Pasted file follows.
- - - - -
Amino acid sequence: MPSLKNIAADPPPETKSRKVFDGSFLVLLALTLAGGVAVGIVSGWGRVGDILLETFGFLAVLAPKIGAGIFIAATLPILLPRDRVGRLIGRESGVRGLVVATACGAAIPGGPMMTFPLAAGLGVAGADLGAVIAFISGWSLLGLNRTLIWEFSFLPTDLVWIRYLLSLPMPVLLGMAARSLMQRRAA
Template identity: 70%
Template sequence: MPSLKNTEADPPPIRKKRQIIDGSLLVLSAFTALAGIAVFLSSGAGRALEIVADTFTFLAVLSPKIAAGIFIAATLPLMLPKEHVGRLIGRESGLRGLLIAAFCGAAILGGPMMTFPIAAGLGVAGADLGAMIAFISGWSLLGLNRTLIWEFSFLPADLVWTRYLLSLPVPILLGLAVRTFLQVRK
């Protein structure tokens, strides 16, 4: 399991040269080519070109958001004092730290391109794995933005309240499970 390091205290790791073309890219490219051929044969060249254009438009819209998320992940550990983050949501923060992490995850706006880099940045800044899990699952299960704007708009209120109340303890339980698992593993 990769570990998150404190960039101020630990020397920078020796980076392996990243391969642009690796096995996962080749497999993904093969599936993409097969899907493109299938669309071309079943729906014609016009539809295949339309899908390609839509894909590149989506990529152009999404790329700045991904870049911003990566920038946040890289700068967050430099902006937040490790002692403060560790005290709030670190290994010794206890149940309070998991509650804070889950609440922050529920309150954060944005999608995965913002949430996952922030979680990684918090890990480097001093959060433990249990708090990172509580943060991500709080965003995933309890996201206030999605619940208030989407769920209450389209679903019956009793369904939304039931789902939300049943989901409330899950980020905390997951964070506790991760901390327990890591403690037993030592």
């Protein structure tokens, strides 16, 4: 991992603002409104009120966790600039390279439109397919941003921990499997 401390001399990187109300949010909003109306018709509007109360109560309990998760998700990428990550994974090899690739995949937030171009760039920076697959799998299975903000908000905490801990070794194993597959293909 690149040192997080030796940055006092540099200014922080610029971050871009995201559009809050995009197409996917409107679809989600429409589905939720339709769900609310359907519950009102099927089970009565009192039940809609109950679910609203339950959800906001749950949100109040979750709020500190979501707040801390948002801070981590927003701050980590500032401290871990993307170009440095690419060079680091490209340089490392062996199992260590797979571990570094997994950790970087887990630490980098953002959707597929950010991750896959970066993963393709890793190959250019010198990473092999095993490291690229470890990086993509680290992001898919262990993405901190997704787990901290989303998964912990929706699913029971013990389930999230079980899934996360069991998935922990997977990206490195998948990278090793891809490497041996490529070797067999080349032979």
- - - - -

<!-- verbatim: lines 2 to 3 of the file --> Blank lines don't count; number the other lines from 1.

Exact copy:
Template identity: 70%
Template sequence: MPSLKNTEADPPPIRKKRQIIDGSLLVLSAFTALAGIAVFLSSGAGRALEIVADTFTFLAVLSPKIAAGIFIAATLPLMLPKEHVGRLIGRESGLRGLLIAAFCGAAILGGPMMTFPIAAGLGVAGADLGAMIAFISGWSLLGLNRTLIWEFSFLPADLVWTRYLLSLPVPILLGLAVRTFLQVRK